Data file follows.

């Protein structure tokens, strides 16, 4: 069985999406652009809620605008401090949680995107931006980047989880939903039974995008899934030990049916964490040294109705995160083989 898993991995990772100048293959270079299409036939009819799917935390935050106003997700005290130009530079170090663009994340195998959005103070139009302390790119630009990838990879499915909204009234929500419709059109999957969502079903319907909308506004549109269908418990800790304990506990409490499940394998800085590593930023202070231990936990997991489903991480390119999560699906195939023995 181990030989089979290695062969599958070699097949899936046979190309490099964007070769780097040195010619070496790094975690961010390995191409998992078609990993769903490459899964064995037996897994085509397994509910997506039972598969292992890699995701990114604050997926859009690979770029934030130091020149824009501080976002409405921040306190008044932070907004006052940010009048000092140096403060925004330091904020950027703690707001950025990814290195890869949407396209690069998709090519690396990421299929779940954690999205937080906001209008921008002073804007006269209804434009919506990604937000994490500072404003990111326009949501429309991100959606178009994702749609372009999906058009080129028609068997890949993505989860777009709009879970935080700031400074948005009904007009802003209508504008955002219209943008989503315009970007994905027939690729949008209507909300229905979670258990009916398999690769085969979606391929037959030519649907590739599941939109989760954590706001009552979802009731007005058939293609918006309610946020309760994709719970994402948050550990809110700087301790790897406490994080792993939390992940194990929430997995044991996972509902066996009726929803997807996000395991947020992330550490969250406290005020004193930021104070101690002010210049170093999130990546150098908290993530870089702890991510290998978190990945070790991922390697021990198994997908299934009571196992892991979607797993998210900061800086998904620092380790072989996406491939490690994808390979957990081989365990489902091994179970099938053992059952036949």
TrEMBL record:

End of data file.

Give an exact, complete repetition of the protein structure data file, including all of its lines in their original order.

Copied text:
């Protein structure tokens, strides 16, 4: 069985999406652009809620605008401090949680995107931006980047989880939903039974995008899934030990049916964490040294109705995160083989 898993991995990772100048293959270079299409036939009819799917935390935050106003997700005290130009530079170090663009994340195998959005103070139009302390790119630009990838990879499915909204009234929500419709059109999957969502079903319907909308506004549109269908418990800790304990506990409490499940394998800085590593930023202070231990936990997991489903991480390119999560699906195939023995 181990030989089979290695062969599958070699097949899936046979190309490099964007070769780097040195010619070496790094975690961010390995191409998992078609990993769903490459899964064995037996897994085509397994509910997506039972598969292992890699995701990114604050997926859009690979770029934030130091020149824009501080976002409405921040306190008044932070907004006052940010009048000092140096403060925004330091904020950027703690707001950025990814290195890869949407396209690069998709090519690396990421299929779940954690999205937080906001209008921008002073804007006269209804434009919506990604937000994490500072404003990111326009949501429309991100959606178009994702749609372009999906058009080129028609068997890949993505989860777009709009879970935080700031400074948005009904007009802003209508504008955002219209943008989503315009970007994905027939690729949008209507909300229905979670258990009916398999690769085969979606391929037959030519649907590739599941939109989760954590706001009552979802009731007005058939293609918006309610946020309760994709719970994402948050550990809110700087301790790897406490994080792993939390992940194990929430997995044991996972509902066996009726929803997807996000395991947020992330550490969250406290005020004193930021104070101690002010210049170093999130990546150098908290993530870089702890991510290998978190990945070790991922390697021990198994997908299934009571196992892991979607797993998210900061800086998904620092380790072989996406491939490690994808390979957990081989365990489902091994179970099938053992059952036949």
TrEMBL record: